13. On sounds

 We talk to two powerful poets and performers who work across and beyond a range of narrative and performative forms and traditions.

 

Unladylike caught up with Natalia Molebatsi and Phillippa Yaa de Villiers on a recent visit to South Africa.

 

Listen here

 

Our guests

 natalia
Natalia Molebatsi is a writer and poet who has appeared throughout Africa, Europe and
the USA. Her performances and recordings, often with her band The Soul Making, combine poetry with with jazz, funk and hip hop.
Her first collection  was Sardo Dance (Ge’ko Publishing, 2012), and her work appears in anthologies such as Letter to South Africa: Poets Calling the State to OrderHappiness the Delight-Tree: An Anthology of Contemporary International PoetryNew Coin, and the Anthology of World Poetry, and in academic journals. Nathalia edited We Are: A Poetry Anthology published by Penguin, and has run creative writing workshops all over the world.
Her performances available on CD include Come as you are: Poems for Four Strings (also on Spotify) and Natalia Molebatsi & The Soul Making.
You can read and hear some of Natalia’s poetry on Badilisha Poetry Exchange or watch her in performance on YouTube.

 

Phillippa Yaa de Villiers is a writer and performance artist. She has written for television and the stage, and in 2014  was the Commonwealth Poet, performing at Westminster Abbey in the presence of 2000 representatives of the Commonwealth and the Royal Family.
Her collections of poetry are Taller than Buildings (Centre for the Book, 2006) and The Everyday Wife (Modjadji Books, 2010). She edited No Serenity Here, an anthology of African poetry,  and her writing has been widely published in journals and anthologies. Her plays include Where the Children Live, and the autobiographical one-woman show, Original Skin, which toured  in South Africa and abroad.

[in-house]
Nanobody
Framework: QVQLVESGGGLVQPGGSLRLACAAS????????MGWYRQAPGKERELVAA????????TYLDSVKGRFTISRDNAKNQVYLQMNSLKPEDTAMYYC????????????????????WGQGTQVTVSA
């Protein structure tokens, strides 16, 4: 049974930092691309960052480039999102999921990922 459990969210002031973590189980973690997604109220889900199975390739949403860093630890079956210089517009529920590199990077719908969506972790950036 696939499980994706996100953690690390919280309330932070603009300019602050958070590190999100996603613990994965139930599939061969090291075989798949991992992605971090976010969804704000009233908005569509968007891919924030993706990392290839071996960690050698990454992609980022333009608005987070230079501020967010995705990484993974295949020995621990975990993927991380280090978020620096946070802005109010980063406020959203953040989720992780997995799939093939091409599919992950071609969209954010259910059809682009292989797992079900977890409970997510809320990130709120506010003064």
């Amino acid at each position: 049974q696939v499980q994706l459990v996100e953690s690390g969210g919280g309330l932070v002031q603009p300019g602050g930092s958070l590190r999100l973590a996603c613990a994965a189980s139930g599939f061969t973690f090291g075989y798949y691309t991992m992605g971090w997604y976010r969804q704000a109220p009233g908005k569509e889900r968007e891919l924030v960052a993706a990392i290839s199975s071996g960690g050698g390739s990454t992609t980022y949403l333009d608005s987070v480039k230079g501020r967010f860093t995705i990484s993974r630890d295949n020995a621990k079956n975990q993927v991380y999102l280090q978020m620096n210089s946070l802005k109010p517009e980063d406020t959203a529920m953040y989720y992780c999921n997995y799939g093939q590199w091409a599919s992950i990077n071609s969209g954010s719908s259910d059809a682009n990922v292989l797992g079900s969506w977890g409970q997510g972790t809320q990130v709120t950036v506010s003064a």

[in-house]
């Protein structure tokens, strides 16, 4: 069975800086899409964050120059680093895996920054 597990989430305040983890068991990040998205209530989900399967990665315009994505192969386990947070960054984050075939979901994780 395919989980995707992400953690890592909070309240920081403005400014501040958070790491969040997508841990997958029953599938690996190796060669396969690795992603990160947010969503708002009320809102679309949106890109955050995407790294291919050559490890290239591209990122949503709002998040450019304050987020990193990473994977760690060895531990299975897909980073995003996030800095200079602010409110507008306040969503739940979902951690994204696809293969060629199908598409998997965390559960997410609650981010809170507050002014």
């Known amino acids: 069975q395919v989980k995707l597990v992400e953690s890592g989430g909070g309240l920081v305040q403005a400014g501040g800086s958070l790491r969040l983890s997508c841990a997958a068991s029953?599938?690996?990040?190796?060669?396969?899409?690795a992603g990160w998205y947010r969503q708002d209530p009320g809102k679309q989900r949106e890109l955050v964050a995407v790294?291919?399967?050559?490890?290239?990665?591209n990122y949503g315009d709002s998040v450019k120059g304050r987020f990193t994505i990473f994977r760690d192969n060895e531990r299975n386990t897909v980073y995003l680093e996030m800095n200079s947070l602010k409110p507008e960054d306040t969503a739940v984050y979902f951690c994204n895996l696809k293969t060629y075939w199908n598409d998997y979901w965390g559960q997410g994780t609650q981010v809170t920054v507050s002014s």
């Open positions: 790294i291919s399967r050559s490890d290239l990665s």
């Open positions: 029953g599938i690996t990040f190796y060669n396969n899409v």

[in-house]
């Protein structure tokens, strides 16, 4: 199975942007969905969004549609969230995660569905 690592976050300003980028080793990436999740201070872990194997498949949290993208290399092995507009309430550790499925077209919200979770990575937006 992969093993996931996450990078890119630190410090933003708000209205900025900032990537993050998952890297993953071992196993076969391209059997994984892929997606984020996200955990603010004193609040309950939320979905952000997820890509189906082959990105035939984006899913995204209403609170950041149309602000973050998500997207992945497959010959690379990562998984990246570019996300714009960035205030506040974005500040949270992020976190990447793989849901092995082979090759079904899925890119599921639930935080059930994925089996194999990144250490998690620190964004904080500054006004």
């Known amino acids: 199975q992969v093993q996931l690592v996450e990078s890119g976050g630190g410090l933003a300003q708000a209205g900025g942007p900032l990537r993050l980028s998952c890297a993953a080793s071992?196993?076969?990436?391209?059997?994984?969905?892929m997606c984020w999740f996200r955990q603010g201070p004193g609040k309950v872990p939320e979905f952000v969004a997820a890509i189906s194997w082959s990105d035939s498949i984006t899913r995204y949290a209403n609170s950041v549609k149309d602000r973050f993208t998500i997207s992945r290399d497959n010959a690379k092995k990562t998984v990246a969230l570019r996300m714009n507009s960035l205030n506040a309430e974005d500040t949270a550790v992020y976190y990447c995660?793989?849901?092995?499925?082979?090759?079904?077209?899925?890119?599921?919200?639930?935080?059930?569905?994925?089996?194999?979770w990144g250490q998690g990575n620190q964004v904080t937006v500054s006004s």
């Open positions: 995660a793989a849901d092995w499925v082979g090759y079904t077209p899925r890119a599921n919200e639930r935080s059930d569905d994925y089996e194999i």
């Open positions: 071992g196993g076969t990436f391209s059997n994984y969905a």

Like much of her work, Original Skin centres on Phillippa’s negotiation of  her identity. The daughter of an Australian mother and a Ghanaian father, she was given up for adoption at nine months of age, and brought up by her adoptive parents, a white family in apartheid South Africa. She didn’t discover she was adopted until she was 20 years old. Since then she has lived and studied in France and England, returning to South Africa to teach creative writing.

 
Image of Phillippa

 

You can read and hear some of Phillippa’s work on Badilisha Poetry Exchange or the Poetry Archive. There’s an extract from her performance of Original Skin on YouTube.

 

Be warned: Bad music alert
The fusion of sound and words in these interviews is unintentional – we recorded one interview in a pub, so please forgive the background noise (including the worst song ever written). It does improve as it goes on. We promise to never record near cutlery again.

 

Our thanks to Professor Deirdre Byrne of the University of South Africa’s Institute for Gender Studies for arranging the interviews,  asking a question or two of Phillippa, and taking Kelly to see giraffes.

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